Win Win

March 28, 2011
By Drewp PLATINUM, Seattle, Washington
Drewp PLATINUM, Seattle, Washington
27 articles 0 photos 4 comments

Tom McCarthy’s “Win Win” is the kind of movie that I have been waiting for this year. It’s a movie that doesn’t need car chases or violence to convey its point. The most action it has is the occasional wrestling match. Through his script McCarthy blends the perfect amount of comedy and drama, creates natural, sometimes funny dialogue and overall an optimistic and feel good story.

None of the above would be possible with out a strong lead at the core of this bittersweet tale of bonding. Paul Giamatti gives a wonderful, heartfelt performance as Mike Flaherty, a small time attorney who’s down on his luck. He volunteers as the local high school wresting coach because he’s a kind hearted person who wants to do well by people. That’s also why he takes on the guardianship of an elderly man Leo (Burt Young).

This is when he meets with Kyle (Alex Shaffer) the grandson of Leo and whose mother is in rehab. Mike agrees to take in Kyle, who turns out to be an excellent addition to the wrestling team.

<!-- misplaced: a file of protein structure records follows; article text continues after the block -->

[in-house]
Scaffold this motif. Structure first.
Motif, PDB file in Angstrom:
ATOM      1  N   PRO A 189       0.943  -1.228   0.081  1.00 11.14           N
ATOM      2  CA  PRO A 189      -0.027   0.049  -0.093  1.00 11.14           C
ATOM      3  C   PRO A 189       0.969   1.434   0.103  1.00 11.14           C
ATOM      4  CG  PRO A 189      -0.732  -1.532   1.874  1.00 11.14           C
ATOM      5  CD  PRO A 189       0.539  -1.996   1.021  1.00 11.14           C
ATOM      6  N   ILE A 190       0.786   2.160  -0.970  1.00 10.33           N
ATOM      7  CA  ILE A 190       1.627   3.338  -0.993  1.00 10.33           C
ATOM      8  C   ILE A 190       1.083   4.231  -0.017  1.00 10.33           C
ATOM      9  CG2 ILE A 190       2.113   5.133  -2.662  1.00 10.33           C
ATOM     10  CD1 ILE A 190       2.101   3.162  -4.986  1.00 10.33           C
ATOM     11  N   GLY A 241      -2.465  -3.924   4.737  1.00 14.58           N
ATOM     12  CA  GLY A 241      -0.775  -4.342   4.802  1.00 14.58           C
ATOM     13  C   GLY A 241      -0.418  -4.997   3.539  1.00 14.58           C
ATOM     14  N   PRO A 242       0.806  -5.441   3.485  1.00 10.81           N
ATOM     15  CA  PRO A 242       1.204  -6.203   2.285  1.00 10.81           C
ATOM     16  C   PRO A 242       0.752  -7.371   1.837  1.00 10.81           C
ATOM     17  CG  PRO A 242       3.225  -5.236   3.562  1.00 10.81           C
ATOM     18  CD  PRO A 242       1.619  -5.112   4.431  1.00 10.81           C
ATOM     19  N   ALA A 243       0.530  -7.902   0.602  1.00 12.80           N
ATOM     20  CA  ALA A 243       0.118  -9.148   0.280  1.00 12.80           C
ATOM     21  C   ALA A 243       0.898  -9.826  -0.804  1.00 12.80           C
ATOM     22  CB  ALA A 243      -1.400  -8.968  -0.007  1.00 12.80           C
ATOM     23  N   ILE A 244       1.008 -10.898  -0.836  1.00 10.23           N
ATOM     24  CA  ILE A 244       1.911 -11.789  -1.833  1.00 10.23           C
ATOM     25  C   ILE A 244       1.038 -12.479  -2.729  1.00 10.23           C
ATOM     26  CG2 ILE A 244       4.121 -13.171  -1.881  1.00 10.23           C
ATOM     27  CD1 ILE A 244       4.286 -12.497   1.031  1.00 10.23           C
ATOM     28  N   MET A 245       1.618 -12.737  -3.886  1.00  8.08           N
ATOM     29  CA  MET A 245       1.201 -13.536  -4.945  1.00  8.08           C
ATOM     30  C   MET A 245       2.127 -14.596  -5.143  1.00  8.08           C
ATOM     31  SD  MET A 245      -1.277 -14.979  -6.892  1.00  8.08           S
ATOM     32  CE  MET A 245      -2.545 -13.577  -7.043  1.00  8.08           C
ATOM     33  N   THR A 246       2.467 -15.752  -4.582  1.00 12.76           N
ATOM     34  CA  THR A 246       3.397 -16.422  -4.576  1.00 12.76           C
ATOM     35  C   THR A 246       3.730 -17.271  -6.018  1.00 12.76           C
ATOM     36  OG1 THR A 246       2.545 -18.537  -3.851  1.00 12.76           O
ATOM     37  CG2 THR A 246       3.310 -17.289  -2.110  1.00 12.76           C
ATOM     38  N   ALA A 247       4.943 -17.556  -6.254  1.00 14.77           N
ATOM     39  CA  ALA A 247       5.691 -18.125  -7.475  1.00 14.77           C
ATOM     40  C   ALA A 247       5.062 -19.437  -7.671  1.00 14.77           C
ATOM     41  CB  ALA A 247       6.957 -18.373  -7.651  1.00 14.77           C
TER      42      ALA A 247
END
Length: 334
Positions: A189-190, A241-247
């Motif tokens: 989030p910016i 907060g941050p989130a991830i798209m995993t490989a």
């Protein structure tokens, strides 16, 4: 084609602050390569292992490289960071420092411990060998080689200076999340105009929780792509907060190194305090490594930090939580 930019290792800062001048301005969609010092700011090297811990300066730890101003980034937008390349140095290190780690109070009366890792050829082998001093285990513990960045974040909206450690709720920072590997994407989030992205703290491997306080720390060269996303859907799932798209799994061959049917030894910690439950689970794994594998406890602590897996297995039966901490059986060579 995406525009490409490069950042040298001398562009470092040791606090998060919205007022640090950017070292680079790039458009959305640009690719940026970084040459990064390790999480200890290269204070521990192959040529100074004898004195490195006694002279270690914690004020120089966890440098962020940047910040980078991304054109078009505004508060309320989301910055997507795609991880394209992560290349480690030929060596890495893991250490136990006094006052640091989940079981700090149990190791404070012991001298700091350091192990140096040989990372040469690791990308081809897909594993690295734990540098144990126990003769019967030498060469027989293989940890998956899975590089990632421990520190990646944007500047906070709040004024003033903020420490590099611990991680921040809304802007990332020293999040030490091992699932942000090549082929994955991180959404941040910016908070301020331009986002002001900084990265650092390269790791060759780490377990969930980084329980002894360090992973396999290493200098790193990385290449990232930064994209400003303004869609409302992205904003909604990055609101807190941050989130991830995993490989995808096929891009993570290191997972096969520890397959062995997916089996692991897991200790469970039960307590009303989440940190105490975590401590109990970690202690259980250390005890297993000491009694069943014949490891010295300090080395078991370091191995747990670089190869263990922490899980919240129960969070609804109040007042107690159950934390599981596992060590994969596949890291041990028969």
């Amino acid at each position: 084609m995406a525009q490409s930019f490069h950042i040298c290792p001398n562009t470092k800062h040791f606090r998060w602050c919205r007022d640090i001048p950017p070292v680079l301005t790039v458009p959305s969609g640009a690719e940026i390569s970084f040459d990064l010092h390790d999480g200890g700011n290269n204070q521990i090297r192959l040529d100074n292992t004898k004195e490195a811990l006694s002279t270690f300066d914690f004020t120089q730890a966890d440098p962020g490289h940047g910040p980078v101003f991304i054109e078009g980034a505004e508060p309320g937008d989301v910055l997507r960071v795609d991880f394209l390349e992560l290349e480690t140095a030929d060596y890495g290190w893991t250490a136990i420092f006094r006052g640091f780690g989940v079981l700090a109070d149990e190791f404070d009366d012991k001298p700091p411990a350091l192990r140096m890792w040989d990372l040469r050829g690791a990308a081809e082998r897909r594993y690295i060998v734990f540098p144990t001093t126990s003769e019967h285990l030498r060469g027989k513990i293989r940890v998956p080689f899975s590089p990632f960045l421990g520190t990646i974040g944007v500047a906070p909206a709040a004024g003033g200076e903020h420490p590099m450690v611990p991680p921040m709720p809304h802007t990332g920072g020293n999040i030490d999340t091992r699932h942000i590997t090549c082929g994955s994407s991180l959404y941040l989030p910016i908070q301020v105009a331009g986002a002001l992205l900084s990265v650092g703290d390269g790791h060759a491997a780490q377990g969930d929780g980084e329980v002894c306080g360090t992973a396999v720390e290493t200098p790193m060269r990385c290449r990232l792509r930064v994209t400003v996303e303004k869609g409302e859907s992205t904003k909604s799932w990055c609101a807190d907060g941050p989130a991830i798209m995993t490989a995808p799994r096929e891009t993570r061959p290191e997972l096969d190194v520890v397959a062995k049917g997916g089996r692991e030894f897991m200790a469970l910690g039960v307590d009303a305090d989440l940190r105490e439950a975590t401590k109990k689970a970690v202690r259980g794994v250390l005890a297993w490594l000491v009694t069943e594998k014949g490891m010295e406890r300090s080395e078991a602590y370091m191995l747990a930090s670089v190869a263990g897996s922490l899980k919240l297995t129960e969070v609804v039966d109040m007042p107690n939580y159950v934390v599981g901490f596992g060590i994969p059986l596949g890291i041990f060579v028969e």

For a newcomer Shaffer gives a surprisingly convincing performance as a troubled but good spirited teen, and paired with Giamatti the two are a pleasure to watch. The circumstances give them a new motivation to keep living their mediocre lives.

However, things change when Kyle’s mom comes back into the picture, wanting to take back Kyle, her dad and the guardian money. The movie becomes more serious and conflicts between the characters ensue.

Luckily it never becomes too depressing, thanks to a terrific supporting cast consisting of Jeffery Tambor as the wrestling team assistant coach, Bobby Cannavale as Mike’s smug friend and Amy Ryan as Mike’s tough but caring wife. “Win Win” is an example of a movie where all the key components work well together.

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